ISFAHAN ARSONIST APPREHENDED. An arrest has been made in the case of an arson attack against the Madrasah-yi Sadr-i Bazaar-i Isfahan seminary, which occurred in July (see "RFE/RL Iran Report," 9 August 1999). The unnamed arsonist is affiliated with "one of the extremist political factions in Isfahan," "Kayhan" reported on 11 August. The hardline daily expressed concern that the arsonist will be declared "insane and suffering from a mental illness" before a proper interrogation occurs. A previous "Kayhan" report suggested the Mehdi Hashemi gang was behind the fire, as did a report in the weekly "Jebheh" on 3 August. (Bill Samii)
IRAN DEPORTS REFUGEES. At a May conference in Tehran, Interior Minister Abdolvahed Musavi-Lari said Iranian aid for roughly 3 million Iraqi, Kurdish, Afghan, and other refugees was imposing a major expense in the face of declining income and high unemployment (see "RFE/RL Iran Report, 31 May 1999). At that time, Musavi-Lari appealed for greater international assistance, but it appears that sufficient help has not been forthcoming. Musavi-Lari told IRNA on 7 August that refugees with a residence permit will be relocated to camps, and illegal refugees will be repatriated. In conjunction with this, the government launched a crackdown on illegal refugees and stepped up border controls. Deportees said, according to London's "Al-Zaman" on 12 August, that Iraqis in Iran face "arrests, provocations, and constant humiliation to force them to leave for the Kurdistan area in northern Iraq." They said the campaign against them started two months ago. About 70 foreigners, mainly Bangladeshis, were tried in Tehran for illegal entry and forged documents, "Iran" reported on 19 August. (Bill Samii)
IRAN DIVIDED ON LEBANESE HIZBALLAH. There are conflicting reports about the end of official Iranian support for Lebanon's Hizballah (see "RFE/RL Iran Report," 9 August 1999). This does not mean that Iranian state institutions or factions within them have ended their support either for Hizballah or more radical Lebanese groups, such as followers of Subih Tufaili. Nor does this mean that all Hizballah identification with Iran has ended.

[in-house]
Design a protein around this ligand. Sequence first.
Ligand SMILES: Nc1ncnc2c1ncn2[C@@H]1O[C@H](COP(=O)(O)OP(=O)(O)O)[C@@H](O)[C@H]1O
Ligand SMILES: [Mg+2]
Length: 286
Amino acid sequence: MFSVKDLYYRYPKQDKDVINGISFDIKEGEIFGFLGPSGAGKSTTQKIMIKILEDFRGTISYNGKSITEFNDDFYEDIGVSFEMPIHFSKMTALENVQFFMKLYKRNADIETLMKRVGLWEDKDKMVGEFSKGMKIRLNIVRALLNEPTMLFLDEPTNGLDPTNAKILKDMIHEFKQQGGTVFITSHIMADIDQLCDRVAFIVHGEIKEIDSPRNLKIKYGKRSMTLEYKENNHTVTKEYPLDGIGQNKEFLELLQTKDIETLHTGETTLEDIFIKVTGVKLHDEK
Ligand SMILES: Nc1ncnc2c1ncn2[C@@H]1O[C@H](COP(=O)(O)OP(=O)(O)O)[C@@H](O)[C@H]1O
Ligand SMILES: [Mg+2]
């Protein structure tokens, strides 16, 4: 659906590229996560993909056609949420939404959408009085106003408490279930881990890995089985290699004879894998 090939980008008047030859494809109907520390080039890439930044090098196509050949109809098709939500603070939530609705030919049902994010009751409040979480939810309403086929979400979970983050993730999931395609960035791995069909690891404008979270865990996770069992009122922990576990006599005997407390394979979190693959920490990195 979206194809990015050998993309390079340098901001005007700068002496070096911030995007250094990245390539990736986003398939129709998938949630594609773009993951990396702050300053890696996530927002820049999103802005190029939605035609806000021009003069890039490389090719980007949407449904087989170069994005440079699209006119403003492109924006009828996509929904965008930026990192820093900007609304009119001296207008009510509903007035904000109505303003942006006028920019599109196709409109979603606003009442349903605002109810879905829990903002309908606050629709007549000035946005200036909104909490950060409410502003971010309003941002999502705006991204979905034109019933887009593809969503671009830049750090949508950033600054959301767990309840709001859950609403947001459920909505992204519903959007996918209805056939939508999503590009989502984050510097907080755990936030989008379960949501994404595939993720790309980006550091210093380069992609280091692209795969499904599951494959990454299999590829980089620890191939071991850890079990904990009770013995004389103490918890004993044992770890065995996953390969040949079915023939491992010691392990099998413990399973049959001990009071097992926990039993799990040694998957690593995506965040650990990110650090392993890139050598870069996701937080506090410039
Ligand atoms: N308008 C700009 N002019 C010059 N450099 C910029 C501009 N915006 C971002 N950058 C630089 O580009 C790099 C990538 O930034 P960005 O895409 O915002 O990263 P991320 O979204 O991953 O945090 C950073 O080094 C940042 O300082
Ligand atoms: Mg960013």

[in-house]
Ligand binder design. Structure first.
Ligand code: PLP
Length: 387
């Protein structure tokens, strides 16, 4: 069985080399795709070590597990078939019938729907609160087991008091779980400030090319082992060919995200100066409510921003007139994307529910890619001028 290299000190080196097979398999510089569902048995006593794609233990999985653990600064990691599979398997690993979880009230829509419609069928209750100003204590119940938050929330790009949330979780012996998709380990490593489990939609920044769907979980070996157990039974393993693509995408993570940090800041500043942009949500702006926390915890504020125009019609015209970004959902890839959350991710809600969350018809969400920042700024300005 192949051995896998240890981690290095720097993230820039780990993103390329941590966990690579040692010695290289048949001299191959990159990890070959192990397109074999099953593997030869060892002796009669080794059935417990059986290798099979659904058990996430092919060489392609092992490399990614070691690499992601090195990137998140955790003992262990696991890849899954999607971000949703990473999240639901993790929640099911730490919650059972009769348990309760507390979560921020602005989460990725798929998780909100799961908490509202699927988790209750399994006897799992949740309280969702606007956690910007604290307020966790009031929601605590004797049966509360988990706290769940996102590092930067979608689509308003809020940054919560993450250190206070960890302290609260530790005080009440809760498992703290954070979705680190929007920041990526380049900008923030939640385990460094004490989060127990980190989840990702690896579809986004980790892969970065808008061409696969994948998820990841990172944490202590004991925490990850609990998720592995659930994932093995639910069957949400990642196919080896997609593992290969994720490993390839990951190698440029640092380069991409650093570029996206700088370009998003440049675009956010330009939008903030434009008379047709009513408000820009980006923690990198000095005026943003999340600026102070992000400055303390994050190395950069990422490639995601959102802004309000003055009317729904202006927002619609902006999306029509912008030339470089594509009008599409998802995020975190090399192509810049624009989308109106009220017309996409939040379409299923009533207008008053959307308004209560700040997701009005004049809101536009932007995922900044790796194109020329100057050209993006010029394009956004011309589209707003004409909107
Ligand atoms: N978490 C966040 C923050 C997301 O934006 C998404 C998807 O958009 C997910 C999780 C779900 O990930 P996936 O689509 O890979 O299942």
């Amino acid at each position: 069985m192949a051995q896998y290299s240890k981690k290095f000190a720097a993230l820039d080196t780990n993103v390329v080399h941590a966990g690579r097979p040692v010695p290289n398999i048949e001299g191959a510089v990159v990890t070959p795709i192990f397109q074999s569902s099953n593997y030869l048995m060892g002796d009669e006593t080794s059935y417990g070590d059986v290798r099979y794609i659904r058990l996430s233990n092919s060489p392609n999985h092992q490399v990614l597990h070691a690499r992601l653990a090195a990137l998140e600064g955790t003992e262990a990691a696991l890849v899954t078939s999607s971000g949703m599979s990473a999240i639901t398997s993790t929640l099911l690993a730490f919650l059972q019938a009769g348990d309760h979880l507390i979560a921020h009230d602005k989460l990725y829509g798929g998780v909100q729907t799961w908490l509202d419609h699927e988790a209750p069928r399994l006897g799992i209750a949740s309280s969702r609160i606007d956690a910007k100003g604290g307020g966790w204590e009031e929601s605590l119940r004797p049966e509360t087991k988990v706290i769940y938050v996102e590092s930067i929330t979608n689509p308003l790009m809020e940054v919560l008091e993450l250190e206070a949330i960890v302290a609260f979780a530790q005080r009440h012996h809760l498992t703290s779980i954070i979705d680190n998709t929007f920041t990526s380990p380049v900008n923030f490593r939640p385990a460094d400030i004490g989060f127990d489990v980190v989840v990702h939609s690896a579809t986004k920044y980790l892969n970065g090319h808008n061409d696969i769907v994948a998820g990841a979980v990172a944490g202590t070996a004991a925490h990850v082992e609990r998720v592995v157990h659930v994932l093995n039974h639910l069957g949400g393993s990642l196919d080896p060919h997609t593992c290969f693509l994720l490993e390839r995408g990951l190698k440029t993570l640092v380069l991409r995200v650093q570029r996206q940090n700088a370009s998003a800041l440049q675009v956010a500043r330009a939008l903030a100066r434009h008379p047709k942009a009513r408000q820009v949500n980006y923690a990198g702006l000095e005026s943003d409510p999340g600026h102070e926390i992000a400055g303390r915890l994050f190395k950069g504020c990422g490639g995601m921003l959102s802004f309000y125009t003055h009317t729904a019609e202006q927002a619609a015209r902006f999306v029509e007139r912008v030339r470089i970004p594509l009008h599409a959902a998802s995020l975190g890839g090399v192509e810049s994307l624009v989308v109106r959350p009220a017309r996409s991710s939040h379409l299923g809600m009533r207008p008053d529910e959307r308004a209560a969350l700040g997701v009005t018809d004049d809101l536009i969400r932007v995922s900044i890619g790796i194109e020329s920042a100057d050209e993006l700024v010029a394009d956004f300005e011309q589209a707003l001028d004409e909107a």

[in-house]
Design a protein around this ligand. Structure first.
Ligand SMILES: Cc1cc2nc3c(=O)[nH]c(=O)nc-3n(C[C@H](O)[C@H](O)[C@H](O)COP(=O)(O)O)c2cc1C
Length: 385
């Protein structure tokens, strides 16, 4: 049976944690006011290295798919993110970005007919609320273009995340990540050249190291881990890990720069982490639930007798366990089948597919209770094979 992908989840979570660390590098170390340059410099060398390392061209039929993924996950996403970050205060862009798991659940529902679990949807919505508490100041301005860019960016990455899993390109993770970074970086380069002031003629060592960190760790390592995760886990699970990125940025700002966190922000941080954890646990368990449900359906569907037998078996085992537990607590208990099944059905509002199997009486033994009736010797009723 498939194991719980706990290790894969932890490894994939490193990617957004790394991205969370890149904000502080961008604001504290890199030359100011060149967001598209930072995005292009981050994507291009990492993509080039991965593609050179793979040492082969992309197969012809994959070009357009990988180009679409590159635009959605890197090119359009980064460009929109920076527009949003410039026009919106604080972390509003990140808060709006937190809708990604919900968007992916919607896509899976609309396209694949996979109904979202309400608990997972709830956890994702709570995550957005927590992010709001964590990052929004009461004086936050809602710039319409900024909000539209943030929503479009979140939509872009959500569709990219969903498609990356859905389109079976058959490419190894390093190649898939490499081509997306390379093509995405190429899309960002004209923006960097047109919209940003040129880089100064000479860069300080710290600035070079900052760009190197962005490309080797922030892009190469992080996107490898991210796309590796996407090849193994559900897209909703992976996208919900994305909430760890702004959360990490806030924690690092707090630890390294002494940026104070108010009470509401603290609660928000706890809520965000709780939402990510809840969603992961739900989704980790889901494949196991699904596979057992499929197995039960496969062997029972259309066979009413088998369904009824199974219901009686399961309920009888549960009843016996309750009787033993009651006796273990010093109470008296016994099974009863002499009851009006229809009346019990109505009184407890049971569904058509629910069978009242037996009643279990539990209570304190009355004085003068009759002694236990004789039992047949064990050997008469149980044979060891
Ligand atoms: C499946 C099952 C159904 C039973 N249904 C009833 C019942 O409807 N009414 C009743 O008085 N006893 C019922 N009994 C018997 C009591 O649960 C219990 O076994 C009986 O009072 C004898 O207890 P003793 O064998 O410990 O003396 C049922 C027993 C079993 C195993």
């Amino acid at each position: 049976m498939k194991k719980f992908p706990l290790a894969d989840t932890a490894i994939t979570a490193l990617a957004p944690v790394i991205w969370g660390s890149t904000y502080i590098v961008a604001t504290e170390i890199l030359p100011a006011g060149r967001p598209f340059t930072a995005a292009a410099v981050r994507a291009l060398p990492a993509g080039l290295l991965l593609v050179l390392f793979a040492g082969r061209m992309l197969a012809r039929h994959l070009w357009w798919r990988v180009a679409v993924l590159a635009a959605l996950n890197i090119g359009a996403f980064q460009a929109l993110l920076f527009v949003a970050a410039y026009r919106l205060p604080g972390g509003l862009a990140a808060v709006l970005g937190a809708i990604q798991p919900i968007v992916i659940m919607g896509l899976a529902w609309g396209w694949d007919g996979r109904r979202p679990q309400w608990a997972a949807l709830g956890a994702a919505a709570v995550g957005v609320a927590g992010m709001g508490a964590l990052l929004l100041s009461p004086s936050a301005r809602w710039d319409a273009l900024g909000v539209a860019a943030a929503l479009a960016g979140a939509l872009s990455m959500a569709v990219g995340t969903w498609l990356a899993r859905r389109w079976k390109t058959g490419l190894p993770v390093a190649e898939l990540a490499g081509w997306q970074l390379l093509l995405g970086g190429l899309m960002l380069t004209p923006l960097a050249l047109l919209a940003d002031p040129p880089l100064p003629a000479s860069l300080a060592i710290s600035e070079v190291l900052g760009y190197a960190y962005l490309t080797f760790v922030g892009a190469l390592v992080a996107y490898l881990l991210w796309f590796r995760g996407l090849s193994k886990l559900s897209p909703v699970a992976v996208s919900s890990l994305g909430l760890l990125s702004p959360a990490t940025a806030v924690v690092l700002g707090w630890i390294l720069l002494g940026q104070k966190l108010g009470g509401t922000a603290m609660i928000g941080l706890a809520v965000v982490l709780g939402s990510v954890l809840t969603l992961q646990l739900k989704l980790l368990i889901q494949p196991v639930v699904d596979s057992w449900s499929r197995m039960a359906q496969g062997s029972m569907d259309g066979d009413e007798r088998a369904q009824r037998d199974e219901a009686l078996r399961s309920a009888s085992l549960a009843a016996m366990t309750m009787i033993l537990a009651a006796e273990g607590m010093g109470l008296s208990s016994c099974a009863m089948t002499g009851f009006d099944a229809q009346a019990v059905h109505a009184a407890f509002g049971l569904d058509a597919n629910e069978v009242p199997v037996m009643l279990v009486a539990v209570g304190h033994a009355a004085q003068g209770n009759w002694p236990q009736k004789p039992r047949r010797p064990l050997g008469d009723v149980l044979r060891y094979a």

According to an unconfirmed report in London's "Foreign Report" on 18 August, an Iranian Ministry of Intelligence and Security (MOIS) "think-tank" created by Supreme Leader Ayatollah Ali Khamenei advised Hizballah Secretary General Hassan Nasrallah to create a clandestine network of arms and equipment caches. The think-tank also advised that Hizballah increase its military operations to demonstrate its continued viability. During his recent visit to Lebanon, Iranian Commerce Minister Mohammad Shariatmadari met with Nasrallah, IRNA reported on 12 August. Previously, Sheikh Subih Tufaili said Hizballah militiamen were paid directly from funds provided by Khamenei, the Lebanese Christian "Lebanon Bulletin" reported on 2 June 1997. The official Iranian position towards Hizballah may be unclear, but its position towards Israeli activities in Lebanon remains consistent. Following the 16 August assassination of Hizballah official Ali Hassan Dib (Abu Hassan Salameh), Iranian Foreign Ministry spokesman Hamid Reza Assefi stressed "Iran's continued support for the national Islamic resistance of Lebanese people and government," according to the Islamic Republic News Agency (IRNA) on 18 August. Assefi condemned "the continuation of the Zionist regime's aggressive and terrorist acts." He went on to say that Israel is pursuing "expansionist policies" and it is "the main factor of tension, instability, and crisis in the region."
Five days earlier, President Khatami sent a message to President Emil Lahud that stressed the "need for unity between the government, various groups, and the people of Lebanon against the Zionist enemy." Khatami's message also said, Iranian state broadcasting reported on 13 August, "We are standing by the people and the government of Lebanon."
Hizballah parliamentarian Muhammad Fenish, speaking at a 16 August meeting on "Iran-Arab Relations" held in Jebel Amil, said there should be no animosity between Iran and Arab states. He said the U.S. sought to promote the differences because of Iran's hostility towards a regional peace accord, IRNA reported. (Bill Samii)